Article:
“A railroad is like a lie, you have to keep building it to make it stand.”
__ Mark Twain
“One of the things the government can't do is run anything. The only things our government runs are the post office and the railroads, and both of them are bankrupt.”
__ Lee Iacocca
One last passenger train ran in February of 1949
By Rob Carrigan, firstname.lastname@example.org
It was a serious pain to switch from standard gauge down to the narrow gauge to get through the mountains. Making transfers to different rolling stock (on both ends of the journey), smaller payloads, special equipment required, and other elements were problematic. But building a full width track, through twisting canyons and on precipitous rock walls, up nearly impossible grades, was a daunting task for early railroad track engineers.
The Colorado Midland claims the title for being the first standard-gauge line to be built through the Rockies. Like Bunyan’s blue ox Babe’s measurements between the eyes, the tracks were two axe handles and a plug of chewing tobacco wide, (four feet, eight and half inches) compared to the narrow gauge’s conservative 3 foot span. Organized in 1884 by area pioneer banker Irving Howbert and implemented and guided by the sheer will of businessman James J. Hagerman in its infancy, the line pressed on up through the Ute Pass and eventually made it as far as Grand Junction. Originally, they intended going on to Salt Lake City but with the discovery of gold in Cripple Creek, the strategy shifted to a branch line leaving from Divide, headed south to the mining district. That effort became a tangled mess with construction delays that eventually stopped it dead in its tracks. Some of the original investors formed a new company called the Midland Terminal Railway and it carried its first cargo into and out of the district, (at least as far as Gillette Flats) in 1894.
Other railroads followed suit and by the turn of the century, multiple roads were servicing the district but their success was short-lived. During World War I, railroads were nationalized and by 1918, one competitor, “The Short Line” had shut down. The Colorado Midland stopped service shortly afterward but its track, from Colorado Springs to Divide was assimilated by the Midland Terminal Railroad, which by that time, the majority of ownership was in the hands of Spencer Penrose and A.E. Carlton and tied to mining efforts in region. They used it mostly to transport ore to the Golden Cycle Mill in Old Colorado City from the mines in Victor, Cripple Creek and the other mining hamlets in the District.
Regularly scheduled passenger trains ran on the line until 1931 but according rail expert Mel McFarland, two terminals on ‘the Westside’ burnt in the winter of ‘31. The train continued to run until the Golden Cycle ceased operation at their Westside mill in 1949.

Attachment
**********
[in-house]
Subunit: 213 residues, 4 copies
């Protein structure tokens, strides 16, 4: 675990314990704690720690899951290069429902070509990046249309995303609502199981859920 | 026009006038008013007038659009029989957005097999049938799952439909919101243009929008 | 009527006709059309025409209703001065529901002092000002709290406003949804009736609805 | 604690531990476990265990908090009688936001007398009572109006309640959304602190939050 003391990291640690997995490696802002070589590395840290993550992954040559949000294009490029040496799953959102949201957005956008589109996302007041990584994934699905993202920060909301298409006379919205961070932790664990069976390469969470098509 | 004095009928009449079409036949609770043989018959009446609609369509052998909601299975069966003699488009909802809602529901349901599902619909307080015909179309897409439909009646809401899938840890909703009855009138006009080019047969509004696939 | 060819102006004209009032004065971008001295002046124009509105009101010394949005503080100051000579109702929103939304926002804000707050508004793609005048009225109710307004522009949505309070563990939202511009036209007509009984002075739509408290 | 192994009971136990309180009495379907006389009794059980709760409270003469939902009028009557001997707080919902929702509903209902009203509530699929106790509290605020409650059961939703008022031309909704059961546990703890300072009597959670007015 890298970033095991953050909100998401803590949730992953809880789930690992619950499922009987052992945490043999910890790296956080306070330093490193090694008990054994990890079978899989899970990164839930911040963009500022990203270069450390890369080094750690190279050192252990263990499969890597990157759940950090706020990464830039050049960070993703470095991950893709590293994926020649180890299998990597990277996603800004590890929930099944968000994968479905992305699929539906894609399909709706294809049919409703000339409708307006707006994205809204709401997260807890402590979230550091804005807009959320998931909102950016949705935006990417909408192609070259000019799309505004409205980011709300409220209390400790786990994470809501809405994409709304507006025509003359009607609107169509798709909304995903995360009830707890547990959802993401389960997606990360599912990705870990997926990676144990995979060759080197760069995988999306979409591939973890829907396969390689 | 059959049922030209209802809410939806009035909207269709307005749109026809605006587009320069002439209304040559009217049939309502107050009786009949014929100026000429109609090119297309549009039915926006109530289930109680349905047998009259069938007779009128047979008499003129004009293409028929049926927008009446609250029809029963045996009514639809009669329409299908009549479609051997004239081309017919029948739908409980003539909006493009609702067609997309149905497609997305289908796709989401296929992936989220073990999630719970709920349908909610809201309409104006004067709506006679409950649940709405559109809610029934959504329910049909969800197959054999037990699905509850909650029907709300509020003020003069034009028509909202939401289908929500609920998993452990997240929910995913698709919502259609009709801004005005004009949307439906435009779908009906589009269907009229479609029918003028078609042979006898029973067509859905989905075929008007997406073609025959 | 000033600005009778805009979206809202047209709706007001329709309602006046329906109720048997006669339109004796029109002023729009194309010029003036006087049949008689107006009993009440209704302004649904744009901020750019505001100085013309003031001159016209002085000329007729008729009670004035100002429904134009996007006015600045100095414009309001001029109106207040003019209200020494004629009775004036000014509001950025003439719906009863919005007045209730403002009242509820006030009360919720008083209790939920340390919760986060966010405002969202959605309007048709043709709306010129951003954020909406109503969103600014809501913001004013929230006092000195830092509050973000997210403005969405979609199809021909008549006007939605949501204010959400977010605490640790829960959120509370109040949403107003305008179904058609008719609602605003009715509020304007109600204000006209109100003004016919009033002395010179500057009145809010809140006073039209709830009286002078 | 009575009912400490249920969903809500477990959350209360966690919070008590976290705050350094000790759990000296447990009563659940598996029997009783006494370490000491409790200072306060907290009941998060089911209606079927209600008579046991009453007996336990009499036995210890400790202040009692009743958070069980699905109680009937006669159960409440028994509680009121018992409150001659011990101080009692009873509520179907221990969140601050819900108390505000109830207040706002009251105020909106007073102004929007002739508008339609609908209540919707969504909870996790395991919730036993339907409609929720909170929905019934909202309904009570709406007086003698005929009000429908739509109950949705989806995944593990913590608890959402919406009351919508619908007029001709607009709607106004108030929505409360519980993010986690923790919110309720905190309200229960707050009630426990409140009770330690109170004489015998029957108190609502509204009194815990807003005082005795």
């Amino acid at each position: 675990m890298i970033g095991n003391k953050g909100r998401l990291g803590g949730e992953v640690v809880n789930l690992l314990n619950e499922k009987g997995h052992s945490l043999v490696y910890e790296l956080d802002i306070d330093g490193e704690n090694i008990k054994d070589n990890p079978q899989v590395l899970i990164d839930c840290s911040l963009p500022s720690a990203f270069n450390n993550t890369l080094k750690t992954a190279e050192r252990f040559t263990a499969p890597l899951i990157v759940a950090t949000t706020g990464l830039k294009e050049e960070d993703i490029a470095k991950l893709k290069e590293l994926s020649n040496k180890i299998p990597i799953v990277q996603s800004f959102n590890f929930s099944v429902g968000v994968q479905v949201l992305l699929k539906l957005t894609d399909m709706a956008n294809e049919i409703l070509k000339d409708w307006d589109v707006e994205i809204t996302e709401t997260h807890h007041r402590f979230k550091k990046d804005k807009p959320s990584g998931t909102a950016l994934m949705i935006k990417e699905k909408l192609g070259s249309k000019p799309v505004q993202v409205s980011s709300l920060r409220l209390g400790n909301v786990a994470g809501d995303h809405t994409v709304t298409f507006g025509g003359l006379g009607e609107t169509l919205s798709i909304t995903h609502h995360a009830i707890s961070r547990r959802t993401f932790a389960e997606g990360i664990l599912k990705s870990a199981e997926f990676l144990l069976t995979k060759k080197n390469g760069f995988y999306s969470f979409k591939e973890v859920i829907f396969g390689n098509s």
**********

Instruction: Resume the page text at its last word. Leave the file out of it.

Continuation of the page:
One last passenger train ran in February of 1949. Such notables as former Gov. Ralph Carr and legendary radio announcer and newsman Lowell Thomas attended that last ride.
In the late 1980s, John Graham, owner, publisher and editor of the Pikes Peak Journal and his staff completed the following project about the last run of the Midland Terminal Railroad.
By Pikes Peak Journal Staff
Winter wasn't the proper season for such an event, but it couldn't wait until spring. By then, all the locomotives would be gone.
So despite the chilly weather, a sizable crowd turned out on the morning of Feb. 6, 1949, at the Midland Terminal Railway yards on 21st Street to help write a page of history. The last passenger train from Colorado Springs to Cripple Creek was scheduled to leave on its final trip.
Ed Chonka, a Westside resident who was born and raised near Bott Street next to the sprawling, 500-acre mill and railroad complex operated by Golden Cycle Corporation, was one of the many people who felt the emptiness associated with the railroad's impending demise. He showed up with his camera to document the Midland Terminal's last hooray.
"I wish I had taken even more pictures than I did," said Chonka. "But it was real sad. It was such a change. Suddenly the railroad wouldn't be there anymore. It was like someone dying."
Before the day ended, Chonka recorded scenes of Engine 59, one of railroad's oldest war horses, pulling four passenger cars up Ute Pass en route to Cripple Creek and the once generous gold fields which gave birth to the Midland Terminal 54 years earlier.
Chonka, riding in a car driven by his brother Chuck, took pictures of the train as it chugged its way past many landmarks and stations which are only memories today - Becker's Spur, Manitou Iron Springs, Lime Rock, Crags, Bison, Edlowe, and Ice House Spur.
Hoot Sullivan, an engineer who had worked his way up through the ranks after starting as a worker on a section crew, was also on hand that February day in 1949.
"I felt so badly about it," the Westside resident recalls. "It was like having the rug pulled out from under me. I was young and thought I had everything I wanted. I was an engineer. Suddenly, there was nothing to look forward to."